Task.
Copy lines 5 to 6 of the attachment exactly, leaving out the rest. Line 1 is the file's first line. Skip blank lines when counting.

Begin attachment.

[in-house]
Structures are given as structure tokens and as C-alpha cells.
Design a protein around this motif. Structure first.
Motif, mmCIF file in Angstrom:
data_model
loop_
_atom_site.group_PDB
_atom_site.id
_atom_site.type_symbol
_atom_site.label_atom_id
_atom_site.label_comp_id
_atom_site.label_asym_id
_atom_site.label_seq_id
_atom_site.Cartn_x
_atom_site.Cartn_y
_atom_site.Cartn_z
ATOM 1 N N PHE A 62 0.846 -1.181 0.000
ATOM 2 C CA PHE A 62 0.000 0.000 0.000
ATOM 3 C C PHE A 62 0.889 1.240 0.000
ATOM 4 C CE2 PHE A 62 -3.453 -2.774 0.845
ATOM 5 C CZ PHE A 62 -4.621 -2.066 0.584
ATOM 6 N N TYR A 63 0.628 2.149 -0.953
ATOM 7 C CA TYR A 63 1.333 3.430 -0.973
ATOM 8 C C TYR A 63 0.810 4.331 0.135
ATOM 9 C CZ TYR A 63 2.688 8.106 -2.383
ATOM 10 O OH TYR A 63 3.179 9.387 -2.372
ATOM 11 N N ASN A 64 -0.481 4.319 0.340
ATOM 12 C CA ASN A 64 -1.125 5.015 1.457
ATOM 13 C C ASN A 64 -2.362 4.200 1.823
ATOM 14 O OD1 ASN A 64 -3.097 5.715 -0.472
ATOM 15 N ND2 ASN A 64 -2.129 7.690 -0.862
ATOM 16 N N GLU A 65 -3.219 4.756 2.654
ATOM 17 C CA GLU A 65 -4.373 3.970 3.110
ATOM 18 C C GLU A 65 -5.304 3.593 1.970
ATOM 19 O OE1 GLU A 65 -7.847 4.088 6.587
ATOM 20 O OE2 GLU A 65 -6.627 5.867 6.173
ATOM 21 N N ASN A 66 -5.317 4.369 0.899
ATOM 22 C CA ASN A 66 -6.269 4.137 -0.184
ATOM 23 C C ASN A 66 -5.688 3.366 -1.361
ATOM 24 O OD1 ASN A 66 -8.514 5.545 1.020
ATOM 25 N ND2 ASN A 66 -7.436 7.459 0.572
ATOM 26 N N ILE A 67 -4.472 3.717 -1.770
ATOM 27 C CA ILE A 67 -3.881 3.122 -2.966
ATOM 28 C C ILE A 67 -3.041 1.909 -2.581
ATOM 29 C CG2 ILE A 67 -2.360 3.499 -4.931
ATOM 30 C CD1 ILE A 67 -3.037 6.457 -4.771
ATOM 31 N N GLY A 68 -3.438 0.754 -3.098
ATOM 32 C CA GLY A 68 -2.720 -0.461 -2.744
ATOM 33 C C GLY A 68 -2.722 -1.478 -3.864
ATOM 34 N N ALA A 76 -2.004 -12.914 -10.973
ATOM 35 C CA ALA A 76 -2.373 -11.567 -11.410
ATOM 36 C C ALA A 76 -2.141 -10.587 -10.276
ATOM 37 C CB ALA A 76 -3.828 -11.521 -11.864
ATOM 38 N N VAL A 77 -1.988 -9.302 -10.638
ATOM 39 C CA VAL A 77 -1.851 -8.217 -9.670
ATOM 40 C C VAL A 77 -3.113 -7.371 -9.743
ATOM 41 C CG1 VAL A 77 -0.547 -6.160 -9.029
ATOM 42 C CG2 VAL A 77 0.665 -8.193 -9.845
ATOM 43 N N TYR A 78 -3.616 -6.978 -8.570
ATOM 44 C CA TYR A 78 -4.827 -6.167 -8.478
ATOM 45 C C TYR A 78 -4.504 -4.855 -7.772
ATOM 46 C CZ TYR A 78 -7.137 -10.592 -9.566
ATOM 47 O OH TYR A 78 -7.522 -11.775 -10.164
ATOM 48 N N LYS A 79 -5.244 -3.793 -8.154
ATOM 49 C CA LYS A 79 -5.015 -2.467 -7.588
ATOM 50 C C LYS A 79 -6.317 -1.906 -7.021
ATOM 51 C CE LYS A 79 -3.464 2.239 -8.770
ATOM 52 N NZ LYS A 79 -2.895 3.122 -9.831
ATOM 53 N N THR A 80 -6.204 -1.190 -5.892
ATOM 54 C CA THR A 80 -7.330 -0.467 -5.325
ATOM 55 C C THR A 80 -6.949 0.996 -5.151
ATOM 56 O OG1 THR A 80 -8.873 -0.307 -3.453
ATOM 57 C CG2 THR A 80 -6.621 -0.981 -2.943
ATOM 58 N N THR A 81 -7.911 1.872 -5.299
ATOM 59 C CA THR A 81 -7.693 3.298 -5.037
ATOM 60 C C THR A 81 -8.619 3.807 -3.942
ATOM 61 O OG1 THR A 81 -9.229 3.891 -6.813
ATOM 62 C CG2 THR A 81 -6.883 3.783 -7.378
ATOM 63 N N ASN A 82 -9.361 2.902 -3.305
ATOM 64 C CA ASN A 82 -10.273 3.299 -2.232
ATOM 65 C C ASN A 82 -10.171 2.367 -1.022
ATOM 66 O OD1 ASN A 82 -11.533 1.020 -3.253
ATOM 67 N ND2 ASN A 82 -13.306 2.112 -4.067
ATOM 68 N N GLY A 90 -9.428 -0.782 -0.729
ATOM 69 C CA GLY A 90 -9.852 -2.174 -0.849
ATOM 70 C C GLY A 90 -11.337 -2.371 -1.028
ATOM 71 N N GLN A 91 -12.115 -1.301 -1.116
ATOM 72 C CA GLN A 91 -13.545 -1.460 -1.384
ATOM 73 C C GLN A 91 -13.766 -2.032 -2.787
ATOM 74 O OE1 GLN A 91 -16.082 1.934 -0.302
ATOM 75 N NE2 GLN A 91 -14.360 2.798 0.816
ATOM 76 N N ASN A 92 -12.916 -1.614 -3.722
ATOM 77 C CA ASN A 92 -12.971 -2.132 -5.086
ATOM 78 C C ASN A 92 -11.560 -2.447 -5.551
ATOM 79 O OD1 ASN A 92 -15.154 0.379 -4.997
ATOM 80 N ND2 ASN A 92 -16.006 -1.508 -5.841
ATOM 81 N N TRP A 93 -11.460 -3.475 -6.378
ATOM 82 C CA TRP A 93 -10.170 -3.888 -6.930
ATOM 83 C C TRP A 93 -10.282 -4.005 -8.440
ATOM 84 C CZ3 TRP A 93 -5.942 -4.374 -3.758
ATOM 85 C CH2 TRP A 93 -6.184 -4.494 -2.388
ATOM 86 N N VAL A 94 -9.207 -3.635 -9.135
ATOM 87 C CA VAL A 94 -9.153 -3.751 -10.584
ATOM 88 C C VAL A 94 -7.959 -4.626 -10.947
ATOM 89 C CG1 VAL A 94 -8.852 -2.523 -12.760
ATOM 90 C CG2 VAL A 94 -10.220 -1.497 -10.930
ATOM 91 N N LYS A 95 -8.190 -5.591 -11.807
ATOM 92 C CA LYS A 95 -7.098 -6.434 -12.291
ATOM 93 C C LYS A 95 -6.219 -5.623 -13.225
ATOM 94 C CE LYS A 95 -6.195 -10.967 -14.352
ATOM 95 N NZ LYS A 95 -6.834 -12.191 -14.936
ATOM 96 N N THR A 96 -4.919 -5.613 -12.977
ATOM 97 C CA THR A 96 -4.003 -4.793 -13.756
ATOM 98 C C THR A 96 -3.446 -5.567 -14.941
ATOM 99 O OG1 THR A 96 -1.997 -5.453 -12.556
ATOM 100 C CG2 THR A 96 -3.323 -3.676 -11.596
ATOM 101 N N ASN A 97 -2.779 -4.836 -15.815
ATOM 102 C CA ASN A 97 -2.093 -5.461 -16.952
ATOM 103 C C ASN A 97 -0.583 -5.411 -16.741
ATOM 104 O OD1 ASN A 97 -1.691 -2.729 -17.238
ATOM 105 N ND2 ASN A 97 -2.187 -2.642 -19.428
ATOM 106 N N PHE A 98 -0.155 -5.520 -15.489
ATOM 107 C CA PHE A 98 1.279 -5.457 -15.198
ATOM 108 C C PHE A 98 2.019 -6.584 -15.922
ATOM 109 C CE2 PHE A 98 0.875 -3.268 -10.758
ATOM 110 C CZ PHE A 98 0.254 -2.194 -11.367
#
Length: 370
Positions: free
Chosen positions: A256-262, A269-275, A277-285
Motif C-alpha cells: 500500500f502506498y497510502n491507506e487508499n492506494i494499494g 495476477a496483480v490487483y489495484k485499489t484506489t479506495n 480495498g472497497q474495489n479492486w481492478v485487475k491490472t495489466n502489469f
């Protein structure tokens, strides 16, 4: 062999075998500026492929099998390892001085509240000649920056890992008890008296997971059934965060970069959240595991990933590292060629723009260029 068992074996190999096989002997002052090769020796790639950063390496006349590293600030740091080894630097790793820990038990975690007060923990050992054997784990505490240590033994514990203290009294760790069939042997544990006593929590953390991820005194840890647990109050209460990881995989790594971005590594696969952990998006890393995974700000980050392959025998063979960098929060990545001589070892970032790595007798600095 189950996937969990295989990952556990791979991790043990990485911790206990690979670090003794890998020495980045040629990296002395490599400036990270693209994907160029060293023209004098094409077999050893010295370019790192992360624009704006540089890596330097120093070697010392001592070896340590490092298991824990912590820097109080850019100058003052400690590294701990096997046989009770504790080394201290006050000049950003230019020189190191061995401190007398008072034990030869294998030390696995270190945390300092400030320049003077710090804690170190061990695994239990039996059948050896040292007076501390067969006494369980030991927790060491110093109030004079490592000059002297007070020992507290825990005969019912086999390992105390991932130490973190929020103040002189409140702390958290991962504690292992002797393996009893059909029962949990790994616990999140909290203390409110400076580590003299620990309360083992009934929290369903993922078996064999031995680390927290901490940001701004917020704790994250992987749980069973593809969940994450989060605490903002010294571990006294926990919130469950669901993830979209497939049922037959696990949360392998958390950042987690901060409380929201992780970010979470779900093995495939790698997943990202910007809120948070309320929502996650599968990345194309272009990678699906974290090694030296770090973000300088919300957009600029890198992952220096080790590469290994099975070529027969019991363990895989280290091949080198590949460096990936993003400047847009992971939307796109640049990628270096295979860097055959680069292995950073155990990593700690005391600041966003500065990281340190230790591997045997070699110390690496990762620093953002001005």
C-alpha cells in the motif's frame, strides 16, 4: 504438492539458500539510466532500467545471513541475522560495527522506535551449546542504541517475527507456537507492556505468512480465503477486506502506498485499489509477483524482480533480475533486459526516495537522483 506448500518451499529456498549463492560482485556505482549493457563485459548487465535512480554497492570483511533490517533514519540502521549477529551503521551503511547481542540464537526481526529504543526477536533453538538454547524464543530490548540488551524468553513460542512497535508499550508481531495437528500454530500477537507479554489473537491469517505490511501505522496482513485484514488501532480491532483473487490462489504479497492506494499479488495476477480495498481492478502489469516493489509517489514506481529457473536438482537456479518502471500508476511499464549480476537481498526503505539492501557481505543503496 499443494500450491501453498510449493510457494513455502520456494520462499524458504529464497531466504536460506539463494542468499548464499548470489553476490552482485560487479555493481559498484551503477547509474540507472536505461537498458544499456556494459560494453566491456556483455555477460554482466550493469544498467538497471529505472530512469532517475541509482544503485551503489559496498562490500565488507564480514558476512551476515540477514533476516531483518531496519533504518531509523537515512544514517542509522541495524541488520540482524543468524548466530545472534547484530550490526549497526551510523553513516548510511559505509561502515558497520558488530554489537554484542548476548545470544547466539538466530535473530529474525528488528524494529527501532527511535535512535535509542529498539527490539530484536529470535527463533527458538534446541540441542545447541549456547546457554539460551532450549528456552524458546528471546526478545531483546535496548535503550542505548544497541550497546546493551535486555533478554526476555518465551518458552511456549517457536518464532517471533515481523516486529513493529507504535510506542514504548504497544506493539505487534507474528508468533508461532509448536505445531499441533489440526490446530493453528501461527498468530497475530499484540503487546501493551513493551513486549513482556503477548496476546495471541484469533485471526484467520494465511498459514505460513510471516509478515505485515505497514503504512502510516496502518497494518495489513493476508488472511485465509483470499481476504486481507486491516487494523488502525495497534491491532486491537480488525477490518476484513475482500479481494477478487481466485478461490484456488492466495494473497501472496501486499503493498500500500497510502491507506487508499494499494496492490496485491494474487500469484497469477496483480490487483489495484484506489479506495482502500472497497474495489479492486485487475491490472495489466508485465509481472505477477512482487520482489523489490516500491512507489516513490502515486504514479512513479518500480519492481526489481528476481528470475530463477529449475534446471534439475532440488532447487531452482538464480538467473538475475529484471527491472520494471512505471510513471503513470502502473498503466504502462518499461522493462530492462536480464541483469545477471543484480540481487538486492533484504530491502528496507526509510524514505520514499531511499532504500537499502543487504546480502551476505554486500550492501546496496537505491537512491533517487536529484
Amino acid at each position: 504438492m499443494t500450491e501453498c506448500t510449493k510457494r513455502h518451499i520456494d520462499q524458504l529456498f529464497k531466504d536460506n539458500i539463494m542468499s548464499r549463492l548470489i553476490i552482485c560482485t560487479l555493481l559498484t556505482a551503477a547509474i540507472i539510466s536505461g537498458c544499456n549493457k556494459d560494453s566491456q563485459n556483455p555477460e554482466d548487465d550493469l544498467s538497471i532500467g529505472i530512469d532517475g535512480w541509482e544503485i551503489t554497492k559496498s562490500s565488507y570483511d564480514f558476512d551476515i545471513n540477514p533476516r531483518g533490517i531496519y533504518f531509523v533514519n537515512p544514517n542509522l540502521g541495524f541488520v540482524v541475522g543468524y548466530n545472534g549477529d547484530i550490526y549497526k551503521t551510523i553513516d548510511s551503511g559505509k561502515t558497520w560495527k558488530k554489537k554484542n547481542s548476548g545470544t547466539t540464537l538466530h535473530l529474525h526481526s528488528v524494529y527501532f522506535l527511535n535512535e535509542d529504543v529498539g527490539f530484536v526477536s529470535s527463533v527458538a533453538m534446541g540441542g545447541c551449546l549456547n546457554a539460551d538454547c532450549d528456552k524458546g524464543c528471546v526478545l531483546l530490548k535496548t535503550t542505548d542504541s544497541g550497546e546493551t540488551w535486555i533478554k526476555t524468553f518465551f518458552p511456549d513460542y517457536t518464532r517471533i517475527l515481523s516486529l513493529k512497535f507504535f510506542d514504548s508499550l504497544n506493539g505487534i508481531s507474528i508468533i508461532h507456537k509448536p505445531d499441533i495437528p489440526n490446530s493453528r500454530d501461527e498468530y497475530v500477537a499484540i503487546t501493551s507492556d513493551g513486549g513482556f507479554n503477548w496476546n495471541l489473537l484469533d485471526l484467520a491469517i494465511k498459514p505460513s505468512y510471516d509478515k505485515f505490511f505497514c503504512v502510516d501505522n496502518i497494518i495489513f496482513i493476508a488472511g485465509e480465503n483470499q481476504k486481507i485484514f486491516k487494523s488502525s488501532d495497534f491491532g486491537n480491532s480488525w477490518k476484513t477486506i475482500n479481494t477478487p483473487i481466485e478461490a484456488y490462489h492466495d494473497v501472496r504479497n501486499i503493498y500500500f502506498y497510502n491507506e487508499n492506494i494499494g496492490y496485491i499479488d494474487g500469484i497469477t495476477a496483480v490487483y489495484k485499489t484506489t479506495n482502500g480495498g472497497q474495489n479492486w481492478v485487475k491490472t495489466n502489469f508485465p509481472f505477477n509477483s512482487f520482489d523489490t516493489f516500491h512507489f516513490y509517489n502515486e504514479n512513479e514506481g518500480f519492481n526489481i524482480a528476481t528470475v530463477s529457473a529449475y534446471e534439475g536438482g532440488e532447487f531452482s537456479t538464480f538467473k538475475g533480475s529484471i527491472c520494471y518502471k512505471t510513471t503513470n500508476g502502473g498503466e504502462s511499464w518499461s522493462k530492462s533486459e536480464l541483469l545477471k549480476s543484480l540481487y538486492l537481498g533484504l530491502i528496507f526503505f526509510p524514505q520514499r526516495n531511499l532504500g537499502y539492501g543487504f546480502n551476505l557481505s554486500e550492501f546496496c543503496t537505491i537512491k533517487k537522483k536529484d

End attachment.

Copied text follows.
data_model
loop_